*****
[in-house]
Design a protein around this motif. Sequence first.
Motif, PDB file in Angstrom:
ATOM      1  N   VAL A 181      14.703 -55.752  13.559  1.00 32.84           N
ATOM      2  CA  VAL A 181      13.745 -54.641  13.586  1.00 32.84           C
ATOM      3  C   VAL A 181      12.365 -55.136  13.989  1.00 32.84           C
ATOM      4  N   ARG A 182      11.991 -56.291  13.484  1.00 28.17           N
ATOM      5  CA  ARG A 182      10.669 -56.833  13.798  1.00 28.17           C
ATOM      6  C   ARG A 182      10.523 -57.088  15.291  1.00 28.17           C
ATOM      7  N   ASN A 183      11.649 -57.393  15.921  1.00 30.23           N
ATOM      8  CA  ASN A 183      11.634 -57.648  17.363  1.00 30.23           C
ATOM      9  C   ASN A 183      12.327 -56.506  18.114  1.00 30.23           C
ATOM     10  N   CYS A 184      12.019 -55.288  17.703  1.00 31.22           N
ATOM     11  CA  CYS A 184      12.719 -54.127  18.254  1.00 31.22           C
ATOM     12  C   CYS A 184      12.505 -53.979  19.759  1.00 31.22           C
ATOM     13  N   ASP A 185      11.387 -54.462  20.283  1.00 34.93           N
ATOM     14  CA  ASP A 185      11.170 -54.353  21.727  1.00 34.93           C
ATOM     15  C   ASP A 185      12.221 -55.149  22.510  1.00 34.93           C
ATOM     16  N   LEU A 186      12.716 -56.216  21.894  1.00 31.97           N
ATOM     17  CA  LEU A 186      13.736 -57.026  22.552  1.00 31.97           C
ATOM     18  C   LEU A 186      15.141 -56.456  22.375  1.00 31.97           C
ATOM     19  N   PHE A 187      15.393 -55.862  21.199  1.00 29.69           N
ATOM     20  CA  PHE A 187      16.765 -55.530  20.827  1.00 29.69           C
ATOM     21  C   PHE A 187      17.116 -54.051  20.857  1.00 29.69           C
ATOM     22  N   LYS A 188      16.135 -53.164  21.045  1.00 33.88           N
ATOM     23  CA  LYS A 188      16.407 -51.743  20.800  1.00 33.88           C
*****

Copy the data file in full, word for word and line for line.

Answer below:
[in-house]
Design a protein around this motif. Sequence first.
Motif, PDB file in Angstrom:
ATOM      1  N   VAL A 181      14.703 -55.752  13.559  1.00 32.84           N
ATOM      2  CA  VAL A 181      13.745 -54.641  13.586  1.00 32.84           C
ATOM      3  C   VAL A 181      12.365 -55.136  13.989  1.00 32.84           C
ATOM      4  N   ARG A 182      11.991 -56.291  13.484  1.00 28.17           N
ATOM      5  CA  ARG A 182      10.669 -56.833  13.798  1.00 28.17           C
ATOM      6  C   ARG A 182      10.523 -57.088  15.291  1.00 28.17           C
ATOM      7  N   ASN A 183      11.649 -57.393  15.921  1.00 30.23           N
ATOM      8  CA  ASN A 183      11.634 -57.648  17.363  1.00 30.23           C
ATOM      9  C   ASN A 183      12.327 -56.506  18.114  1.00 30.23           C
ATOM     10  N   CYS A 184      12.019 -55.288  17.703  1.00 31.22           N
ATOM     11  CA  CYS A 184      12.719 -54.127  18.254  1.00 31.22           C
ATOM     12  C   CYS A 184      12.505 -53.979  19.759  1.00 31.22           C
ATOM     13  N   ASP A 185      11.387 -54.462  20.283  1.00 34.93           N
ATOM     14  CA  ASP A 185      11.170 -54.353  21.727  1.00 34.93           C
ATOM     15  C   ASP A 185      12.221 -55.149  22.510  1.00 34.93           C
ATOM     16  N   LEU A 186      12.716 -56.216  21.894  1.00 31.97           N
ATOM     17  CA  LEU A 186      13.736 -57.026  22.552  1.00 31.97           C
ATOM     18  C   LEU A 186      15.141 -56.456  22.375  1.00 31.97           C
ATOM     19  N   PHE A 187      15.393 -55.862  21.199  1.00 29.69           N
ATOM     20  CA  PHE A 187      16.765 -55.530  20.827  1.00 29.69           C
ATOM     21  C   PHE A 187      17.116 -54.051  20.857  1.00 29.69           C
ATOM     22  N   LYS A 188      16.135 -53.164  21.045  1.00 33.88           N
ATOM     23  CA  LYS A 188      16.407 -51.743  20.800  1.00 33.88           C